It may have taken a decade to have that run, but it was worth it! Unlike my first marathon, winning a race, my first Boston Marathon, my elite marathon start, or a regional cross-country meet this is a joy I can do any day I want. All I have to do is give a little of myself to the right people and be receptive when they give it back. We both ran through pretty thick walls that night, and it was worth it! We walked off the track, both of us standing a little taller.

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Over Dedicated Or Not Medicated

A Different Perspective on some common motivational quotes and one liners.

We’ve all seen them.  Those motivational quotes that are supposed to make us want to get off the couch and go to the gym.   Those catchy one-liners shared on social media that are supposed to inspire us to put down the French Fry and grab a carrot stick.    I’m all about a little motivation but some of these are more likely to motivate me to throw my phone across the room rather than lace up my running shoes.  Some I just don’t agree with, and others put people down instead of lifting them up.  I thought I’d share a different perspective on some of these common one liners and quotes. Mostly, they frustrate me because they promote unhealthy behaviors or thoughts.  I don’t think anyone intentionally sets out to make someone feel guilty or bad about themselves, and I don’t think fitness enthusiasts or professionals are trying to inspire unhealthy behaviors. However, I  wanted to show that it is possible to have your cutesy inspirational quote do more harm than good.  Here’s my alternative view on the most recent ones that have made me scream profanities at my computer screen:

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This is the quote that inspired me to write this.  I’ve actually had two clients tell me that this specific quote has made them feel bad about themselves.  It has made them feel like they aren’t “as good as” someone else.  When you are feeling down on yourself, it is a lot harder to get yourself to do something positive.  It is a lot harder to get yourself to face the crowd at the gym, the running group you may feel like you aren’t as good as, or to start a program you think you can’t do in that moment. My response was this:  “In college, I worked 3 jobs, took 20 credits a semester, spent at least an hour in the gym 5 times a week, and still managed to run 80-100 miles a week.  AND I RAN THEM WELL!  It wasn’t that I was better than you.  I was fricken CRAZY!  It wasn’t that I was more dedicated, I just wasn’t medicated.” Stop comparing yourself to other people.  You don’t always know their story.   Focus on your goals and your workouts.  If you worry about what everyone else is doing, it will destroy you.  And definitely do not compare yourself to crazy people!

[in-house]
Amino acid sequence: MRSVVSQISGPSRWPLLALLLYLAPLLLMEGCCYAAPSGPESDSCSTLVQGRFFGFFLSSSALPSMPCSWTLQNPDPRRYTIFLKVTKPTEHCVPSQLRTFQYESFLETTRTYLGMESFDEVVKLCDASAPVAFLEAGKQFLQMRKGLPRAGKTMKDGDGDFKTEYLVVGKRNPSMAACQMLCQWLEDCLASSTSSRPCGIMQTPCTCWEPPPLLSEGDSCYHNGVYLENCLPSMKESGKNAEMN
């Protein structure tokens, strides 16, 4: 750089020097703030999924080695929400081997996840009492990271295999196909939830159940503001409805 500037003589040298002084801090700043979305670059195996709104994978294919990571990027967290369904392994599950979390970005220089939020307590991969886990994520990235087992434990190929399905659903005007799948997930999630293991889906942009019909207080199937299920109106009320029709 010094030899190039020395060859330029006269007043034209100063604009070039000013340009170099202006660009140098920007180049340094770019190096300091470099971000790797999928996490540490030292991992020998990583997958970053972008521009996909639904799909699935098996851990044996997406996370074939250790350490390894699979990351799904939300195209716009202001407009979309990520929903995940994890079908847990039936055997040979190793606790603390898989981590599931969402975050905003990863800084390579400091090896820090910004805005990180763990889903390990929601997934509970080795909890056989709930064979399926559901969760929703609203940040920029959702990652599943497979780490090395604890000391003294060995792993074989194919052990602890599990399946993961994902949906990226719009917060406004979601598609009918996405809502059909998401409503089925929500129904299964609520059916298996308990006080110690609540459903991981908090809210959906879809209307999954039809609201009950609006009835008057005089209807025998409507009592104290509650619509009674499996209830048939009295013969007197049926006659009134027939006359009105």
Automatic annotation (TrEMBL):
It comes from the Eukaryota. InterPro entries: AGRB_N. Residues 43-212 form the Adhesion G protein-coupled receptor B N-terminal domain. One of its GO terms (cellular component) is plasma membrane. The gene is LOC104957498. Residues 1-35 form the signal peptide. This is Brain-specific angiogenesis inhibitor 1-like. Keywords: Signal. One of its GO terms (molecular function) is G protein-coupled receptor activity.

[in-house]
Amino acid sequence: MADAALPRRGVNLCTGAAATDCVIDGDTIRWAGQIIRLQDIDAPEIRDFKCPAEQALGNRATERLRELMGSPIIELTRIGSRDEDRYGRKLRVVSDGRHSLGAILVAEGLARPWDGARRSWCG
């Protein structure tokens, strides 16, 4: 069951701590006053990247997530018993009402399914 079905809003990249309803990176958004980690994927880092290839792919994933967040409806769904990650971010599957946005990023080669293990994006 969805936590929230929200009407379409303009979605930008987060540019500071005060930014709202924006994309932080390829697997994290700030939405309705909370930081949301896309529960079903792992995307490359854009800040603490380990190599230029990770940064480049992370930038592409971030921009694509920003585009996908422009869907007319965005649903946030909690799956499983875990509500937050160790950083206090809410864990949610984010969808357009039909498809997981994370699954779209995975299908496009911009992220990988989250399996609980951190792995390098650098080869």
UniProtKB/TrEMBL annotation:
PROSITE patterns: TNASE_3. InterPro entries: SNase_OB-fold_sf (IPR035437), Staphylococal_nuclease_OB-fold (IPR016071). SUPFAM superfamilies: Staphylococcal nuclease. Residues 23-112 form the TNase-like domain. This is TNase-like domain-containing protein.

regret2                                                 noregret1

All of those workouts I should not have done, I REGRET THEM!  I hate to admit it, but there’s a lot of them.   That time I was having heart palpitations and decided to go for a run, and ended up having to run right to the ER.  Yeah, I could have done without that one.  The day my hip was hurting a little bit but I decided to run on it anyway, and I ended up fracturing my femur.  I TOTALLY REGRET THAT WORKOUT!  That workout that took me from slight hamstring pain to a tear and out of commission for just about six months. 18 months later it still doesn’t feel right. Regret!  And on top of that, I don’t regret giving up a workout to spend time with my friends or go to a special event.  I don’t regret dropping out of that marathon a decade ago just because “I wasn’t feeling it.”  I don’t regret cancelling practice that random Saturday morning and buying my running group coffee instead.     Sometimes, it’s okay not to workout.  Sometimes, your “excuses” don’t stink; they are legitimate.  Some things are more important than that one workout – your sanity, health, time with a loved one, or a little rest.  Of course, if you are debating between watching “The Bachelor” and doing a workout.  Do the workout, probably not a decision you will regret.

getoffyourass                                      new diet pill